Andrew Coyne: I, for one, welcome our new world parliament overlords

Andrew Coyne: I, for one, welcome our new world parliament overlords
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This week’s populist panic concerns a plot to impose a world government on Canada. I’m just kidding, of course: populists are in a panic about that every week. Only this time they can point to an actual proposal — albeit one that has zero chance of ever being enacted.

It’s called the Campaign for a United Nations Parliamentary Assembly. As the name suggests, the proposal is to supplement the current United Nations apparatus, made up as it is entirely of the appointees of member governments, with an elected assembly — one that “will directly represent the world’s citizens and not governments.”

To my knowledge no government on the face of the earth supports such a plan, for precisely that reason: armed with the democratic legitimacy popular elections confer, a UNPA would soon seek the powers that go with it. As the campaign’s website explains, “in the long run, once its members are all democratically elected, the assembly could be developed into a world parliament which — under certain conditions and in conjunction with the UN General Assembly — may be able to adopt universally binding regulations.”

The only way to pass some sovereignty upward without sacrificing accountability, is direct democratic elections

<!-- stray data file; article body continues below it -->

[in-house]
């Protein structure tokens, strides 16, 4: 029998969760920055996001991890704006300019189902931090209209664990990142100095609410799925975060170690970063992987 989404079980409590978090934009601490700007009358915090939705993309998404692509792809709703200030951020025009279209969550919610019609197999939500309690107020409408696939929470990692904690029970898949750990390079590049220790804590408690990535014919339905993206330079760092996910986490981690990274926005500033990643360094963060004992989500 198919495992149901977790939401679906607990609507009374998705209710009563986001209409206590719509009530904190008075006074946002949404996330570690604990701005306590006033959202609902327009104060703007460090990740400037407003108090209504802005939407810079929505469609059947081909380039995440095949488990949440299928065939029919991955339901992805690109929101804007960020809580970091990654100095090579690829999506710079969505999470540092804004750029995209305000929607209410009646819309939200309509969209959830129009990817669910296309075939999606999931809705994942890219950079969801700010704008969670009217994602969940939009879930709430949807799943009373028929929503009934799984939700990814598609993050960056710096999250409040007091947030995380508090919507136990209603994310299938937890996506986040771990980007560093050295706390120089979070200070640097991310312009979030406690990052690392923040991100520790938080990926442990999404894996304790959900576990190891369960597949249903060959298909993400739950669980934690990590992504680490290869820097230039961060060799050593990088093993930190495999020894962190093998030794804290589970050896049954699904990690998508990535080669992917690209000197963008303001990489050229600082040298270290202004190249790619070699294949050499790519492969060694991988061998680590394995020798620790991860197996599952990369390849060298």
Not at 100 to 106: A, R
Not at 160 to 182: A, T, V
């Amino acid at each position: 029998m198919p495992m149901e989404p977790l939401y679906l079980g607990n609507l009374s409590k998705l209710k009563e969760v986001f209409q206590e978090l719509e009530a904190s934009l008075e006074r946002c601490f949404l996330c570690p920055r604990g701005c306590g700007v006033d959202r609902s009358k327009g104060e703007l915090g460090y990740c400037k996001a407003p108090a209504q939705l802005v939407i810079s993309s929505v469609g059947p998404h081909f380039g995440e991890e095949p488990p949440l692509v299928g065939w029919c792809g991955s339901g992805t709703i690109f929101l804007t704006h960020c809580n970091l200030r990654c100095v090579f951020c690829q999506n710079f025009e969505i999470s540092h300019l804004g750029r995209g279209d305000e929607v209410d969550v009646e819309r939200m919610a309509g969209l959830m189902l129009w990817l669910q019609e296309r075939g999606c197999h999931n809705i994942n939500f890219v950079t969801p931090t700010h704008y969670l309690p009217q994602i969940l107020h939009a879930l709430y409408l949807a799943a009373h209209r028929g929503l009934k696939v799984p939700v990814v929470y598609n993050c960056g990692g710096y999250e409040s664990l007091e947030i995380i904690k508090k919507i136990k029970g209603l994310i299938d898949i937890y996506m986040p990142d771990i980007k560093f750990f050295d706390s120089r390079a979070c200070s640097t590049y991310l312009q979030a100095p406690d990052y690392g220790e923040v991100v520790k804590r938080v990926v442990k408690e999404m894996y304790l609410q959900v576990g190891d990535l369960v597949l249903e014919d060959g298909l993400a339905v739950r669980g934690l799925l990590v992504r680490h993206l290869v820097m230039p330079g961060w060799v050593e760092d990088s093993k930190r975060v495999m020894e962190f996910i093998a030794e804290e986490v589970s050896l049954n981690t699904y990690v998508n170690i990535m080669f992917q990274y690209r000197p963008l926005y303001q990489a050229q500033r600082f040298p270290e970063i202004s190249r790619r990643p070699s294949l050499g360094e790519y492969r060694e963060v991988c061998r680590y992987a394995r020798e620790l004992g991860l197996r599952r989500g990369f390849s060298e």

Could, may, long run, under certain conditions: in other words, never. The only way this could ever happen would be if all of the world’s governments agreed it should, and even then it would likely be about as toothless as — well, think of how little power the European Parliament has, then dilute it by about 100. But someone said it on a website, so you never know.

The idea — world federalism — is not new, and neither is the campaign: it has been kicking around for several years, driven more by the enthusiasm of the handful of utopian idealists behind it than by any actual prospect of success. In that time, however, it has collected the support of individual parliamentarians in a number of countries, including several dozen current and former MPs in Canada. Most are Liberals and New Democrats, together with a smattering of Red Tories. Among the signatories: one Justin Trudeau, MP, who apparently endorsed the proposal in 2010.

Cue the hysteria, courtesy of Maxime Bernier, leader of the increasingly nutty People’s Party of Canada. Which means, on current form, the Conservatives will be asking about it in Parliament next.

“Our Prime Minister supports a campaign for the establishment of a World Parliament that could impose binding laws and regulations on Canada,” Bernier said in a Thursday tweet, one of several posted before and since. “This is not a conspiracy theory invented by paranoid anti-globalists,” he explained in another. Then, just to underline the non-conspiratorial, non-paranoid nature of his argument, he hit the caps lock key: “IS HE LOYAL TO CANADA OR LOYAL TO A FUTURE WORLD GOVERNMENT THAT WILL DESTROY CANADA?”